For the ‘social insurance’ programs (e.g., Social Security, Medicare Parts A, B, and D), the Statement of Social Insurance (SOSI) shows the estimated future scheduled benefit expenses net of contributions and tax income (excluding interest), based on each program’s actuarial trust fund report.
Table 8 shows estimated net social insurance and other exposures for both the ‘open-group’ and ‘closed-group’ population, which differ based on the population measured. As shown in Image 3, the ‘closed group’ pertains to individuals age 14 and over on January 1 of the valuation year and/or those who have met or will meet other eligibility requirements during the projection period (typically 75 years). In short, it represents an estimate of the responsibility, under current law, of future taxpayers to pay benefits to current participants. By comparison, the ‘open group’ is comprised of workers who will enter covered employment during the period, as well as those already in covered employment at the beginning of that period. That is, it represents the ‘closed group’ plus all future projected participants who will make contributions to postemployment benefit plans and/or will be eligible for benefits over the 75-year projection period). Since the open group's contributions will significantly exceed benefits earned during the projection period, it can be expected that the net social insurance benefits for the open group ($40,948 billion in 2007) would be less than that for the closed group ($45,062 billion).
The following graph shows the social insurance exposure for the open group as calculated in the Financial Report for every year since 2000:
The actual numbers and sources are at http://www.econdataus.com/pver07.html. As can be seen, the exposure for Social Security has remained fairly stable since 2000 but the exposure for Medicare Part A and B have been growing more noticeably. Also, the additional exposure created by Medicare Part D (the Prescription Drug Coverage) in 2004 is very apparent.
Finally, the graph shows that the present value of the exposure of Social Security and Medicare over the next 75 years is estimated to be about 300 percent of GDP. This is over four times the absolute size of our current Net Position of minus 67.4 percent of GDP. However, the following excerpt on page 25 of the 2007 Financial Report warns about comparing these values:
This forward-looking information combined with other financial statements and information provides both a short- and long-term view of significant financial issues facing the Government. As indicated above, however, it should be noted that significant differences exist between balance sheet liabilities and the exposures from the SOSI, which limit their comparability:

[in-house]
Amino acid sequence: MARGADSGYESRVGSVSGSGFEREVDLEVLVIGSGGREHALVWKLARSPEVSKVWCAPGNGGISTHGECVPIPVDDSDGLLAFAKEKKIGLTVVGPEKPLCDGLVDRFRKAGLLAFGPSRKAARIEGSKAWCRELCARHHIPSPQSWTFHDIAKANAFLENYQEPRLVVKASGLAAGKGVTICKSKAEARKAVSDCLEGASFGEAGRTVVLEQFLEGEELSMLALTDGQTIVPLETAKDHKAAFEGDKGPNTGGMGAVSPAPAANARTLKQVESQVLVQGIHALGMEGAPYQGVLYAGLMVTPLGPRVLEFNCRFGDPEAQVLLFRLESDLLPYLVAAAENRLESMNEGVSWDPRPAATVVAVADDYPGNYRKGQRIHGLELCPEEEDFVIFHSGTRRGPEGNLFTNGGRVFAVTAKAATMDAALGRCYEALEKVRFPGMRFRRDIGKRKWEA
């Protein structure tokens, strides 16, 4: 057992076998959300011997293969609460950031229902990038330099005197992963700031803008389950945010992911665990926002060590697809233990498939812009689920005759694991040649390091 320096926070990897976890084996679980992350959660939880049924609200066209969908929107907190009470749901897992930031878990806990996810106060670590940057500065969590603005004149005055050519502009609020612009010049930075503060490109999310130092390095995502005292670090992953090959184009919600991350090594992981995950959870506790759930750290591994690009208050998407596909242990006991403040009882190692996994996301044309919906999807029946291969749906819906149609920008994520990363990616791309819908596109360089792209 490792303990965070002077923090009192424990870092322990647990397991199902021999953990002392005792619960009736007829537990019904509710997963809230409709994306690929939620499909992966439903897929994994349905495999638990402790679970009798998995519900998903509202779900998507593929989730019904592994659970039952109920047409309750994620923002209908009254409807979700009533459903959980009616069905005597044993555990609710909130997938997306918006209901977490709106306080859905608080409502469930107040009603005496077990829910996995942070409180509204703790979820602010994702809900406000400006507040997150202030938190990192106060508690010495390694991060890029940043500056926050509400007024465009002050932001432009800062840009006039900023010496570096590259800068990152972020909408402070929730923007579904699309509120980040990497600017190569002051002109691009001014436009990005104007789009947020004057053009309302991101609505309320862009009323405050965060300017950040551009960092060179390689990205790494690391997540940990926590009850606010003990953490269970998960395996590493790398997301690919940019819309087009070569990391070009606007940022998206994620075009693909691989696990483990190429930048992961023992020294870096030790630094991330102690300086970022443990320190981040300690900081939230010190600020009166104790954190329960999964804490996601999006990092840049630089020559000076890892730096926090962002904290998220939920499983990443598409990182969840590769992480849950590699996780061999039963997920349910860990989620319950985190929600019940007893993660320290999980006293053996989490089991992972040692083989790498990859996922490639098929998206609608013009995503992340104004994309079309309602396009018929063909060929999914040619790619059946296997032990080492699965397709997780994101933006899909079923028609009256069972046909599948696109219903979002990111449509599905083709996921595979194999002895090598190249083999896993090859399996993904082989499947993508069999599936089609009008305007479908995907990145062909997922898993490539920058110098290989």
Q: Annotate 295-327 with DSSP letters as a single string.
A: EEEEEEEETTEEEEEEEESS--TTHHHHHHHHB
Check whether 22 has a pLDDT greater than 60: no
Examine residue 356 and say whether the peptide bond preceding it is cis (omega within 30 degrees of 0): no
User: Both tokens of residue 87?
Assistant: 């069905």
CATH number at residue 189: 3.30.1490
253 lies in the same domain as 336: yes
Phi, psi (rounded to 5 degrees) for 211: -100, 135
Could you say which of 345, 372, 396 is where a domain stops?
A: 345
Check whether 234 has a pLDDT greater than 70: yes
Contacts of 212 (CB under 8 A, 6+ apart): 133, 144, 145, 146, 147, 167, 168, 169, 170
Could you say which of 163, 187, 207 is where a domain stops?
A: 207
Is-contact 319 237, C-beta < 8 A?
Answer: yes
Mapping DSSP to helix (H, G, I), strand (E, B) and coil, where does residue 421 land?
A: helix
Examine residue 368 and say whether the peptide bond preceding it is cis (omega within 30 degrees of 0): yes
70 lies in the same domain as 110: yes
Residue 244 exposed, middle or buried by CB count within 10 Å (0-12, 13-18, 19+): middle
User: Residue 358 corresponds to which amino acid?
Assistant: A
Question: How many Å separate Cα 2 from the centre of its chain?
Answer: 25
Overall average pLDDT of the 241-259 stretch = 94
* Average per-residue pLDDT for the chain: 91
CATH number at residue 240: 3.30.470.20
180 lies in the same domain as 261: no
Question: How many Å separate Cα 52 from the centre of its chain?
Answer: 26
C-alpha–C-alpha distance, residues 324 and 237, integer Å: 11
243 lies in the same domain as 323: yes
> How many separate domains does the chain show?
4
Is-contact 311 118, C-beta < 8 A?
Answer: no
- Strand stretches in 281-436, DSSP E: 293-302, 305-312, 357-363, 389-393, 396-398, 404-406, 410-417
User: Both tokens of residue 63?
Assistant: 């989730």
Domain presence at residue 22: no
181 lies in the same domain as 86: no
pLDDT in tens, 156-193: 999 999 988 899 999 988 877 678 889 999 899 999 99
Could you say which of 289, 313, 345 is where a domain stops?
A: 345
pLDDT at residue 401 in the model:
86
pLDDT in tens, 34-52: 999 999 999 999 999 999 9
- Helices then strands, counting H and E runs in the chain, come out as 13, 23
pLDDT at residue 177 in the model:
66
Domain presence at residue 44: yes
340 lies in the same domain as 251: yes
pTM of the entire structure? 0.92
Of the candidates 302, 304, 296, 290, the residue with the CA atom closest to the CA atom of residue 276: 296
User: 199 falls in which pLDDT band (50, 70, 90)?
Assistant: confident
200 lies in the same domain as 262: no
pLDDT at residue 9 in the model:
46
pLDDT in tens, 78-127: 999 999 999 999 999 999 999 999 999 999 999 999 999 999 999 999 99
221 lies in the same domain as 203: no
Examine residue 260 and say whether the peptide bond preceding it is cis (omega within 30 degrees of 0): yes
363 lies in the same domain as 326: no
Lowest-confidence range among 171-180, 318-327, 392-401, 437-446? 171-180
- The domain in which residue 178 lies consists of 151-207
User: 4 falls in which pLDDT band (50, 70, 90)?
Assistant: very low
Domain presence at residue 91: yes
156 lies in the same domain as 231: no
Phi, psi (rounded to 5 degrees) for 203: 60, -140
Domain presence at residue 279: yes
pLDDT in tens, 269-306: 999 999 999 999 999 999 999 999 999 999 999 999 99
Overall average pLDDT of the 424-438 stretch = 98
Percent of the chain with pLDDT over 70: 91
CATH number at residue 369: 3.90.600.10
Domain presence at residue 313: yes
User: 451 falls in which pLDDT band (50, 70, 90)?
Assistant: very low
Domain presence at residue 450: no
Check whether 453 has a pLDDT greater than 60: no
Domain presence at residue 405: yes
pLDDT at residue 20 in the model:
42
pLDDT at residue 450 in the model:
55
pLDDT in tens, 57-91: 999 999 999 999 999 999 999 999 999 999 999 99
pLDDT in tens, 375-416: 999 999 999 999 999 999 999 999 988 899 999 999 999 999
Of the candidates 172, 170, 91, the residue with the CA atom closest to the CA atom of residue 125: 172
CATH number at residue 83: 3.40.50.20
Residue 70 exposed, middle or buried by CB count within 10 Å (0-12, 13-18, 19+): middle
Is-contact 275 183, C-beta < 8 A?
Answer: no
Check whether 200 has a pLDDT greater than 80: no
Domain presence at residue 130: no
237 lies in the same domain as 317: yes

* The Balance Sheet presents a ‘snapshot’ at a point in time of an entity’s current financial condition, with an emphasis on how current and prior actions and events have impacted its assets and liabilities.
* The SOSI presents the calculated net present value of future estimated revenues and expenditures over an extended period. They represent an assessment of the extent to which the social insurance programs are out of balance under current financing arrangements relative to scheduled benefit obligations. Since they are not liabilities, and therefore do not impact either an entity’s current assets or liabilities, they are not included on the balance sheet according to Federal accounting standards.
In any case, the following graph shows the social insurance exposure for the closed group (consisting of current participants only):
As before, the actual numbers and sources are at here. The main difference that can be seen from the prior graph is that the exposure for Social Security is more than double. I believe that the main reason that Social Security is so much more affected than Medicare is that it is funded by a much larger percent of the FICA tax. Employee and employer each pay 6.2 percent of the FICA tax toward Social Security but just 1.45 percent toward Medicare. A portion of Medicare is funded by premiums paid by beneficiaries and by infusions from the general fund. Hence, Social Security would be much more affected if future participants left the system. This gives some idea of the so-called transition costs that would need to be paid to move to a prepaid retirement system.